Former U.S. Atty. Gen. Janet Reno showed her warmhearted side in a speech Thursday, joking about her Parkinson's disease and calling it part of her political baggage, like her decisions at Waco and in the Elian Gonzalez case.
Reno, who recently announced that she will seek the Democratic nomination in the Florida governor's race, made her comments to about 250 people at a luncheon in Garden Grove sponsored by the Dayle McIntosh Center, which serves the disabled community in Orange County.
Reno said the biggest political challenge ahead of her may be her past.
Part of that relates to Gonzalez, the 5-year-old Cuban refugee whose plight fueled intense passions in an international tug of war over the boy's future.
"I believed that Elian belonged with his dad in Cuba, and if that's bad, I'll happily carry it around," Reno said.
She has already taken full responsibility for her decisions in the 1993 assault on the Branch Davidians' compound near Waco, Texas. About 80 people in the compound died in the incident, along with four agents of the federal Bureau of Alcohol, Tobacco and Firearms.
"No one will ever know what the right thing to do was," Reno said. "Because that went to the grave with [religious cult leader] David Koresh. . . . The decision will be with me all my life."
Reno was diagnosed with Parkinson's disease about six years ago, but the medical condition has not forced her to give up favorite activities, such as kayaking and hiking.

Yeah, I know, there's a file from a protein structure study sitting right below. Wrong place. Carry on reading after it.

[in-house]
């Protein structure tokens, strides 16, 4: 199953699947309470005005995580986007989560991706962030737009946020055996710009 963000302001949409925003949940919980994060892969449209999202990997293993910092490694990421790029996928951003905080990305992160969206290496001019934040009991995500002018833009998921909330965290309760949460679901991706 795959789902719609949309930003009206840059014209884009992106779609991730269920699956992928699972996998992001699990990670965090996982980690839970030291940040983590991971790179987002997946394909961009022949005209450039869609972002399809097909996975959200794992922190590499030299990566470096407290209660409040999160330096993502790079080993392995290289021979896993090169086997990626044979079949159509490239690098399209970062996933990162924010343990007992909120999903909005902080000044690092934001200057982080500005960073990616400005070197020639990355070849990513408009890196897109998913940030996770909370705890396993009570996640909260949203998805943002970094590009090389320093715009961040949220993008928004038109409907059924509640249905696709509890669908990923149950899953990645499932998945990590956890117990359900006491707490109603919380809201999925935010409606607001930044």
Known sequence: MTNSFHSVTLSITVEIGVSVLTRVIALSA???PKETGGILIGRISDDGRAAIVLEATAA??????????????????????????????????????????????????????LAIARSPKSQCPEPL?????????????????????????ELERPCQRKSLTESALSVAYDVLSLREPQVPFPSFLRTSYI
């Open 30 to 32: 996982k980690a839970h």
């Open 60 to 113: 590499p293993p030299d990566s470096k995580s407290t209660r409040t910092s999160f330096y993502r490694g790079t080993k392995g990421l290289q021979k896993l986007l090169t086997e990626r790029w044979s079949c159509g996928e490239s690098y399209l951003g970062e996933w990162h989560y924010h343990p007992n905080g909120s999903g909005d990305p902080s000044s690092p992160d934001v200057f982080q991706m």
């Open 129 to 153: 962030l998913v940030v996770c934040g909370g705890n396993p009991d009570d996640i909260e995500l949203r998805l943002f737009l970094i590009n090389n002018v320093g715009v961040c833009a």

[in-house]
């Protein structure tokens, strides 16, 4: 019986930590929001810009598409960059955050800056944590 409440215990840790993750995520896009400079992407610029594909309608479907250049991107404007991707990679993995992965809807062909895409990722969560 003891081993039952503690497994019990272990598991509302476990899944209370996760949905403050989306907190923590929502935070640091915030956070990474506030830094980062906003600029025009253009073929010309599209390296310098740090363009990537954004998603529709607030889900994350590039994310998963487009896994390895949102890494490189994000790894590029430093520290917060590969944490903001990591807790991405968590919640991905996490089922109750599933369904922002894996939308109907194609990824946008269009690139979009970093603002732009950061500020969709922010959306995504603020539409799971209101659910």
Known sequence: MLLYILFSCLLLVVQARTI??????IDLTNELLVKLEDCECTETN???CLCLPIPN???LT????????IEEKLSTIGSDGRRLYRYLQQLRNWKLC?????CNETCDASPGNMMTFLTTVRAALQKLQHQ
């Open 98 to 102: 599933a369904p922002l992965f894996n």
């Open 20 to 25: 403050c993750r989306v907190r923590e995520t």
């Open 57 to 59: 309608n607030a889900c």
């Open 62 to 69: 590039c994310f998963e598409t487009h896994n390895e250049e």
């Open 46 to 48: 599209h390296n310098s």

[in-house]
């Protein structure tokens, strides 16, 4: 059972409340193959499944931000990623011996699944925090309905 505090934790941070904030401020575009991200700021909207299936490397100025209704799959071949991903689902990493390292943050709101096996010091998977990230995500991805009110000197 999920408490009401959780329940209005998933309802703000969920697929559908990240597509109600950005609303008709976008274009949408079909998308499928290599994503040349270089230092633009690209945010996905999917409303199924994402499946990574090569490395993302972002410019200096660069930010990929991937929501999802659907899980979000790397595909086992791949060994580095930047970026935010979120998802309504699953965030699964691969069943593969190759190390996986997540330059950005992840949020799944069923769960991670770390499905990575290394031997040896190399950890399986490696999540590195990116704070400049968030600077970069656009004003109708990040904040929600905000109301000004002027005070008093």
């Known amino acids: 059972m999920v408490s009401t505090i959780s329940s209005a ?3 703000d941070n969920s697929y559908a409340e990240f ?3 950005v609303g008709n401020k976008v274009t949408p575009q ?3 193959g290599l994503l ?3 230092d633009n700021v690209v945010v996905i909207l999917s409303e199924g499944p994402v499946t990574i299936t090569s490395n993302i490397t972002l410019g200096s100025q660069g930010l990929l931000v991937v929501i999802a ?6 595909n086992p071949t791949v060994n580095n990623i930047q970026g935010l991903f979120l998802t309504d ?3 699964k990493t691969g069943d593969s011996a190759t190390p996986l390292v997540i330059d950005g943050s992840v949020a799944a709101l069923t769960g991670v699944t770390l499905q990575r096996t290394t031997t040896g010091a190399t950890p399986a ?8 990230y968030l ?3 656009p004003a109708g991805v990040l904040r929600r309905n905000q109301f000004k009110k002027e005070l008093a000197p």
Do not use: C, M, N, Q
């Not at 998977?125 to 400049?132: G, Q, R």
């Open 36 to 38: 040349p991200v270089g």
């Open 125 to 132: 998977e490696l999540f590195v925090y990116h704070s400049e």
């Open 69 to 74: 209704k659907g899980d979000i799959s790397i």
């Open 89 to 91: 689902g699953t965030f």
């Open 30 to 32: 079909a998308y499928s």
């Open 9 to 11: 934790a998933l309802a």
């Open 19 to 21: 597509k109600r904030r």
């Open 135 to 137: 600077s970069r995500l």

She got her loudest applause of the day when she showed the audience her trembling hands. "The next baggage," she said, raising her left hand, "is this shaking!"
Her condition makes it difficult to write but could be a blessing if she ever has to conduct an orchestra, "because I can't carry a tune," she said.
Reno was invited to speak before supporters of the McIntosh Center because she is viewed as a role model among those who work with the disabled. She told the audience she thinks Americans need to take an inventory, community by community, of services providing access, advocacy and self-sufficiency to the disabled.
She appeared at the request of one of the center's directors. She accepted in part because she was already in Orange County to speak at a State Bar Assn. dinner in Anaheim.
"The timing couldn't have been better because of her candidacy," said Richard Devylder, executive director of the McIntosh Center. "It was an opportunity to bring her here because she has a disability and is such a big name."
Reno received a standing ovation and was immediately surrounded by people seeking her autograph or to be photographed with her. Among those was Marti Schrank of Fullerton.
"I told her that when she reunited Elian with his father, we sent her a letter," Schrank said. "Well, she sent us a letter back, she's that kind of a person. She smiled at me and said, 'Thank you for everything you're doing.' "
One participant said she is angered that new housing tracts almost never provide access for those in wheelchairs. Reno said she will meet with architects, planners and developers to seek a solution as soon as she returns to Florida.